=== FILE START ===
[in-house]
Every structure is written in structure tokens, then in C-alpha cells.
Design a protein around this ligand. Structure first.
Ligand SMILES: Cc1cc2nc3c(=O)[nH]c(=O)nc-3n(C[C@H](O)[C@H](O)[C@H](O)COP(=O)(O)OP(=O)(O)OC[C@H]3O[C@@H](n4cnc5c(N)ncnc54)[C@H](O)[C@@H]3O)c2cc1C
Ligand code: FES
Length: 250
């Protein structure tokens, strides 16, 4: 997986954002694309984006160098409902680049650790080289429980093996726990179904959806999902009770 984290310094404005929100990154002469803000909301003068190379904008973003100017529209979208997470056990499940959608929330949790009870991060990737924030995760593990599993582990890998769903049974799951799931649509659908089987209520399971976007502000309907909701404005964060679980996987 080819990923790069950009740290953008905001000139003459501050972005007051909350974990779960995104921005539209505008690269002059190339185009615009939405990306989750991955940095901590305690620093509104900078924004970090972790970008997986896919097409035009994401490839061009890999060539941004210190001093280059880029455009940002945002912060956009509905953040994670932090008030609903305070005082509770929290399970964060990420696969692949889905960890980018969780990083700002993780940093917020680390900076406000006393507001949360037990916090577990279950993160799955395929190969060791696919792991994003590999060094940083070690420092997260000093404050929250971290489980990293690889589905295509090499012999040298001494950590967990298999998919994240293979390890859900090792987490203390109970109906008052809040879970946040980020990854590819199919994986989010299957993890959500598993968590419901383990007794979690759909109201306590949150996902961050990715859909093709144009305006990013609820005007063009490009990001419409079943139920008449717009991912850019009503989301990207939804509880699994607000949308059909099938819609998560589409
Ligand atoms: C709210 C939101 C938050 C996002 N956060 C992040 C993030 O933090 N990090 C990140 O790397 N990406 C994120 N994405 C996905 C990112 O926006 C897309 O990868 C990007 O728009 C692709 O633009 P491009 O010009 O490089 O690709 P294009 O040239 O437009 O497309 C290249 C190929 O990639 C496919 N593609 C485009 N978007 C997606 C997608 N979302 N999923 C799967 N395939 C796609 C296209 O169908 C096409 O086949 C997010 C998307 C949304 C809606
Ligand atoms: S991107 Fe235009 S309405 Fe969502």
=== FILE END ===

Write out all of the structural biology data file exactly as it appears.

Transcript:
[in-house]
Every structure is written in structure tokens, then in C-alpha cells.
Design a protein around this ligand. Structure first.
Ligand SMILES: Cc1cc2nc3c(=O)[nH]c(=O)nc-3n(C[C@H](O)[C@H](O)[C@H](O)COP(=O)(O)OP(=O)(O)OC[C@H]3O[C@@H](n4cnc5c(N)ncnc54)[C@H](O)[C@@H]3O)c2cc1C
Ligand code: FES
Length: 250
């Protein structure tokens, strides 16, 4: 997986954002694309984006160098409902680049650790080289429980093996726990179904959806999902009770 984290310094404005929100990154002469803000909301003068190379904008973003100017529209979208997470056990499940959608929330949790009870991060990737924030995760593990599993582990890998769903049974799951799931649509659908089987209520399971976007502000309907909701404005964060679980996987 080819990923790069950009740290953008905001000139003459501050972005007051909350974990779960995104921005539209505008690269002059190339185009615009939405990306989750991955940095901590305690620093509104900078924004970090972790970008997986896919097409035009994401490839061009890999060539941004210190001093280059880029455009940002945002912060956009509905953040994670932090008030609903305070005082509770929290399970964060990420696969692949889905960890980018969780990083700002993780940093917020680390900076406000006393507001949360037990916090577990279950993160799955395929190969060791696919792991994003590999060094940083070690420092997260000093404050929250971290489980990293690889589905295509090499012999040298001494950590967990298999998919994240293979390890859900090792987490203390109970109906008052809040879970946040980020990854590819199919994986989010299957993890959500598993968590419901383990007794979690759909109201306590949150996902961050990715859909093709144009305006990013609820005007063009490009990001419409079943139920008449717009991912850019009503989301990207939804509880699994607000949308059909099938819609998560589409
Ligand atoms: C709210 C939101 C938050 C996002 N956060 C992040 C993030 O933090 N990090 C990140 O790397 N990406 C994120 N994405 C996905 C990112 O926006 C897309 O990868 C990007 O728009 C692709 O633009 P491009 O010009 O490089 O690709 P294009 O040239 O437009 O497309 C290249 C190929 O990639 C496919 N593609 C485009 N978007 C997606 C997608 N979302 N999923 C799967 N395939 C796609 C296209 O169908 C096409 O086949 C997010 C998307 C949304 C809606
Ligand atoms: S991107 Fe235009 S309405 Fe969502």